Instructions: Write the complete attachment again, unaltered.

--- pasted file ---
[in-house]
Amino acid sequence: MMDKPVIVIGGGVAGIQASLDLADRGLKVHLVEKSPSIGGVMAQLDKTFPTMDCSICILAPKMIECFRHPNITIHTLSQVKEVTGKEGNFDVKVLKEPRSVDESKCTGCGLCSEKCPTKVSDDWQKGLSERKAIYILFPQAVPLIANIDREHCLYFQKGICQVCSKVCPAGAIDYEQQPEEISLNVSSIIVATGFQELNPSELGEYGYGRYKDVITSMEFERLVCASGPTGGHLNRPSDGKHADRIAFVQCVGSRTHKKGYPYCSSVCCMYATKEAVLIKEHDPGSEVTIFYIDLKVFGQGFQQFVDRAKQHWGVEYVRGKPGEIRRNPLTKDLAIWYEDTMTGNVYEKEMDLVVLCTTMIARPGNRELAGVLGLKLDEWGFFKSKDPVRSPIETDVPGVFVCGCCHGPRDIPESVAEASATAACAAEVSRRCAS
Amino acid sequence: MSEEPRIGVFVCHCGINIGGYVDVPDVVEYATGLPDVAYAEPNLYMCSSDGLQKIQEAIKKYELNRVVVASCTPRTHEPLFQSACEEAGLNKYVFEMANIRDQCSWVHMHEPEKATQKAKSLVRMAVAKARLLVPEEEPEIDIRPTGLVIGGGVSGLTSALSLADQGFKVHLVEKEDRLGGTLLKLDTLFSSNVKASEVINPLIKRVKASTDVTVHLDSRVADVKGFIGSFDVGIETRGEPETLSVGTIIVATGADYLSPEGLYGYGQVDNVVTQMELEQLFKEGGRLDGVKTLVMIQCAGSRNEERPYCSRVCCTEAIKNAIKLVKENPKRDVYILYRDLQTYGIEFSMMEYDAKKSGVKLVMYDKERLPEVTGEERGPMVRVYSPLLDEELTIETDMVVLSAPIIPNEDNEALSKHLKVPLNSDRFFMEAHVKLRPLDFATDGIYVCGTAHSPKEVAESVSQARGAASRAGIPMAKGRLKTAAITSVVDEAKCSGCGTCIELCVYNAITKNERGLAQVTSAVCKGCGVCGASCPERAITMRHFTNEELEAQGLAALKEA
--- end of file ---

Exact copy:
[in-house]
Amino acid sequence: MMDKPVIVIGGGVAGIQASLDLADRGLKVHLVEKSPSIGGVMAQLDKTFPTMDCSICILAPKMIECFRHPNITIHTLSQVKEVTGKEGNFDVKVLKEPRSVDESKCTGCGLCSEKCPTKVSDDWQKGLSERKAIYILFPQAVPLIANIDREHCLYFQKGICQVCSKVCPAGAIDYEQQPEEISLNVSSIIVATGFQELNPSELGEYGYGRYKDVITSMEFERLVCASGPTGGHLNRPSDGKHADRIAFVQCVGSRTHKKGYPYCSSVCCMYATKEAVLIKEHDPGSEVTIFYIDLKVFGQGFQQFVDRAKQHWGVEYVRGKPGEIRRNPLTKDLAIWYEDTMTGNVYEKEMDLVVLCTTMIARPGNRELAGVLGLKLDEWGFFKSKDPVRSPIETDVPGVFVCGCCHGPRDIPESVAEASATAACAAEVSRRCAS
Amino acid sequence: MSEEPRIGVFVCHCGINIGGYVDVPDVVEYATGLPDVAYAEPNLYMCSSDGLQKIQEAIKKYELNRVVVASCTPRTHEPLFQSACEEAGLNKYVFEMANIRDQCSWVHMHEPEKATQKAKSLVRMAVAKARLLVPEEEPEIDIRPTGLVIGGGVSGLTSALSLADQGFKVHLVEKEDRLGGTLLKLDTLFSSNVKASEVINPLIKRVKASTDVTVHLDSRVADVKGFIGSFDVGIETRGEPETLSVGTIIVATGADYLSPEGLYGYGQVDNVVTQMELEQLFKEGGRLDGVKTLVMIQCAGSRNEERPYCSRVCCTEAIKNAIKLVKENPKRDVYILYRDLQTYGIEFSMMEYDAKKSGVKLVMYDKERLPEVTGEERGPMVRVYSPLLDEELTIETDMVVLSAPIIPNEDNEALSKHLKVPLNSDRFFMEAHVKLRPLDFATDGIYVCGTAHSPKEVAESVSQARGAASRAGIPMAKGRLKTAAITSVVDEAKCSGCGTCIELCVYNAITKNERGLAQVTSAVCKGCGVCGASCPERAITMRHFTNEELEAQGLAALKEA